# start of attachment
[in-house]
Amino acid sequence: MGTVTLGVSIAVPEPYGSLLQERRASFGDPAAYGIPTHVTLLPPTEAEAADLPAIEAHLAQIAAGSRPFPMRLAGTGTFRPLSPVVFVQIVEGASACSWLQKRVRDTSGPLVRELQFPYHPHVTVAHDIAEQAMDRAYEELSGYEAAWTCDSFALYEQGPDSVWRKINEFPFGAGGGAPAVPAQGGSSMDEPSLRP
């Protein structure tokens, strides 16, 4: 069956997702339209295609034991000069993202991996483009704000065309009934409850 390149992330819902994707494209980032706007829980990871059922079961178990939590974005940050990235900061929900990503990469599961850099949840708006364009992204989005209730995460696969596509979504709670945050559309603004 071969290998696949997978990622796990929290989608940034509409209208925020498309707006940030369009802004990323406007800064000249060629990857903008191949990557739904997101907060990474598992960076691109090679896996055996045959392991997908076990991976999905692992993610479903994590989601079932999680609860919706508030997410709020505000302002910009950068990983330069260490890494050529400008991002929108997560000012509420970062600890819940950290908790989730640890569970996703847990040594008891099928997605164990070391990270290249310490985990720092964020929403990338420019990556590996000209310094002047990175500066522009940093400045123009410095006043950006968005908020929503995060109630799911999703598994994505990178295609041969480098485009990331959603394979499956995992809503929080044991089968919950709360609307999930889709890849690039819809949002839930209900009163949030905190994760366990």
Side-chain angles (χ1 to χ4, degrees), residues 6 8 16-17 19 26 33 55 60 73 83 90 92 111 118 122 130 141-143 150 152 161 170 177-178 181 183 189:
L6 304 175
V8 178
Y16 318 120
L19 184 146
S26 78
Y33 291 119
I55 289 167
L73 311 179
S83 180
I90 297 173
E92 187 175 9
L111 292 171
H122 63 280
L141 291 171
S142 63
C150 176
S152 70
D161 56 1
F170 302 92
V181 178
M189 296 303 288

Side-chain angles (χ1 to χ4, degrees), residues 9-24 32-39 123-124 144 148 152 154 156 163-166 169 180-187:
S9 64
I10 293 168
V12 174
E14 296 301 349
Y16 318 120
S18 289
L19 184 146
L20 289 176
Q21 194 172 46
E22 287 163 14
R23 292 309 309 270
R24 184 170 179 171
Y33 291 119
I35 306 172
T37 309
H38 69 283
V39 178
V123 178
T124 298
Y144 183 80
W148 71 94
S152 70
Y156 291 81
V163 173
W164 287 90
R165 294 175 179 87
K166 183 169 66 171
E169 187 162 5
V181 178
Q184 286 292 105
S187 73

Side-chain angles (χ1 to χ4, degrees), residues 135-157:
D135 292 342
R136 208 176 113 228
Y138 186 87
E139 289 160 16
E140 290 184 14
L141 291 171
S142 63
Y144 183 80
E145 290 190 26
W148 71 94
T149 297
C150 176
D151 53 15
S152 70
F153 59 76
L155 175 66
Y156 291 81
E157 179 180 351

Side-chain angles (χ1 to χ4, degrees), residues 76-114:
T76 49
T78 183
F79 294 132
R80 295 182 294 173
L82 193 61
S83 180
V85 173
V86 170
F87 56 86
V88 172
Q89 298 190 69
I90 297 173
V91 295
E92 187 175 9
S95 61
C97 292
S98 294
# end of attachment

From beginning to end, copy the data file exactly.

[in-house]
Amino acid sequence: MGTVTLGVSIAVPEPYGSLLQERRASFGDPAAYGIPTHVTLLPPTEAEAADLPAIEAHLAQIAAGSRPFPMRLAGTGTFRPLSPVVFVQIVEGASACSWLQKRVRDTSGPLVRELQFPYHPHVTVAHDIAEQAMDRAYEELSGYEAAWTCDSFALYEQGPDSVWRKINEFPFGAGGGAPAVPAQGGSSMDEPSLRP
């Protein structure tokens, strides 16, 4: 069956997702339209295609034991000069993202991996483009704000065309009934409850 390149992330819902994707494209980032706007829980990871059922079961178990939590974005940050990235900061929900990503990469599961850099949840708006364009992204989005209730995460696969596509979504709670945050559309603004 071969290998696949997978990622796990929290989608940034509409209208925020498309707006940030369009802004990323406007800064000249060629990857903008191949990557739904997101907060990474598992960076691109090679896996055996045959392991997908076990991976999905692992993610479903994590989601079932999680609860919706508030997410709020505000302002910009950068990983330069260490890494050529400008991002929108997560000012509420970062600890819940950290908790989730640890569970996703847990040594008891099928997605164990070391990270290249310490985990720092964020929403990338420019990556590996000209310094002047990175500066522009940093400045123009410095006043950006968005908020929503995060109630799911999703598994994505990178295609041969480098485009990331959603394979499956995992809503929080044991089968919950709360609307999930889709890849690039819809949002839930209900009163949030905190994760366990």
Side-chain angles (χ1 to χ4, degrees), residues 6 8 16-17 19 26 33 55 60 73 83 90 92 111 118 122 130 141-143 150 152 161 170 177-178 181 183 189:
L6 304 175
V8 178
Y16 318 120
L19 184 146
S26 78
Y33 291 119
I55 289 167
L73 311 179
S83 180
I90 297 173
E92 187 175 9
L111 292 171
H122 63 280
L141 291 171
S142 63
C150 176
S152 70
D161 56 1
F170 302 92
V181 178
M189 296 303 288

Side-chain angles (χ1 to χ4, degrees), residues 9-24 32-39 123-124 144 148 152 154 156 163-166 169 180-187:
S9 64
I10 293 168
V12 174
E14 296 301 349
Y16 318 120
S18 289
L19 184 146
L20 289 176
Q21 194 172 46
E22 287 163 14
R23 292 309 309 270
R24 184 170 179 171
Y33 291 119
I35 306 172
T37 309
H38 69 283
V39 178
V123 178
T124 298
Y144 183 80
W148 71 94
S152 70
Y156 291 81
V163 173
W164 287 90
R165 294 175 179 87
K166 183 169 66 171
E169 187 162 5
V181 178
Q184 286 292 105
S187 73

Side-chain angles (χ1 to χ4, degrees), residues 135-157:
D135 292 342
R136 208 176 113 228
Y138 186 87
E139 289 160 16
E140 290 184 14
L141 291 171
S142 63
Y144 183 80
E145 290 190 26
W148 71 94
T149 297
C150 176
D151 53 15
S152 70
F153 59 76
L155 175 66
Y156 291 81
E157 179 180 351

Side-chain angles (χ1 to χ4, degrees), residues 76-114:
T76 49
T78 183
F79 294 132
R80 295 182 294 173
L82 193 61
S83 180
V85 173
V86 170
F87 56 86
V88 172
Q89 298 190 69
I90 297 173
V91 295
E92 187 175 9
S95 61
C97 292
S98 294